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mirage (plural mirages)
- An optical phenomenon in which light is refracted through a layer of hot air close to the ground, often giving the illusion of a body of water.
- (figuratively) An illusion.
- 1834, L[etitia] E[lizabeth] L[andon], chapter VI, in Francesca Carrara. […], volume I, London: Richard Bentley, […], (successor to Henry Colburn), →OCLC, page 68:
- I remember hearing, that in the East the clear and azure waters seem to flow before the weary and parched traveller; yet a little further, and on he urges his weary way, but in vain—the fair stream is a delusion. Even thus happiness is the mirage which leads us over the desert of life, ever fated to end in deceit and disappointment.
an optical phenomenon
illusion — see illusion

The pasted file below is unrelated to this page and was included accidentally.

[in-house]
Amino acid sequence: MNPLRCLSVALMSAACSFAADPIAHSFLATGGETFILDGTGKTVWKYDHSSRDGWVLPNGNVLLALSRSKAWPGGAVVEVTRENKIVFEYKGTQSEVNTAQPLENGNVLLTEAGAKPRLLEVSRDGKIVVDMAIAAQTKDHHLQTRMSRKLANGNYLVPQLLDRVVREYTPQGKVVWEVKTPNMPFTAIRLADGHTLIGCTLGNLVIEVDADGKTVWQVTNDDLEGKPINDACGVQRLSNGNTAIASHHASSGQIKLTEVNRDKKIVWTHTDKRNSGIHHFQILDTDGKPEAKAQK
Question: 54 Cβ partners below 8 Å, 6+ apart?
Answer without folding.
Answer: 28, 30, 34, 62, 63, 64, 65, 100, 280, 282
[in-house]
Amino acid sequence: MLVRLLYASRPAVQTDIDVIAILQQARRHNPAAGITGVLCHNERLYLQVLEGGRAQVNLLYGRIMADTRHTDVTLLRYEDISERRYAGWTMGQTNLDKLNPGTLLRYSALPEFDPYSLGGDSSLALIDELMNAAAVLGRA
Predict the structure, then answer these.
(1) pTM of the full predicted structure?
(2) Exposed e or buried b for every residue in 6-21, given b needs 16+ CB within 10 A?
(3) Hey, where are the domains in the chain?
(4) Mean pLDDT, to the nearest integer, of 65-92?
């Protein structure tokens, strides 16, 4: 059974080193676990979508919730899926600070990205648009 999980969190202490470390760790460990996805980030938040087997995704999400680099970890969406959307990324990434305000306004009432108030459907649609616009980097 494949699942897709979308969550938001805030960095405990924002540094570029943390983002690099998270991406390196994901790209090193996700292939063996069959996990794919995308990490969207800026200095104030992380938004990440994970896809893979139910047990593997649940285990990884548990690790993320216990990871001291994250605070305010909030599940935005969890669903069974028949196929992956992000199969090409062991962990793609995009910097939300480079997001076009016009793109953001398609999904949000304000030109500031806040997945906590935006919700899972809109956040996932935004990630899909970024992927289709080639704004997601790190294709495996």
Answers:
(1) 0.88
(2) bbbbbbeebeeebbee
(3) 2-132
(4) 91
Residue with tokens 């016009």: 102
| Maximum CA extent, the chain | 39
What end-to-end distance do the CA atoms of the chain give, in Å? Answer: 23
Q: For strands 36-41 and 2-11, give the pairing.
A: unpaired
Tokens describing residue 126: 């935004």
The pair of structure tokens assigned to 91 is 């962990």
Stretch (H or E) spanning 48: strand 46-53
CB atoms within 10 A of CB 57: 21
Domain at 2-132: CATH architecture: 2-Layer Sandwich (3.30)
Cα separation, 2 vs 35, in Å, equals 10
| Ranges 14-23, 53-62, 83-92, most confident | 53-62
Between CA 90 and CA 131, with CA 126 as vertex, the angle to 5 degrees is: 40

- (transitive) To cause to appear as or like a mirage.
- 1915, E. Phillips Oppenheim, Mr. Grex of Monte Carlo:
- All that had been in his mind seemed suddenly miraged before him—the removal of Hunterleys, his own wife's failing health.
- 1901, A. E. W. Mason, Ensign Knightley and Other Stories:
- The vision of a salon was miraged before her, with herself in the middle deftly manipulating the destinies of a nation.
mirage m (plural mirages)
- “mirage”, in Trésor de la langue française informatisé [Digitized Treasury of the French Language], 2012.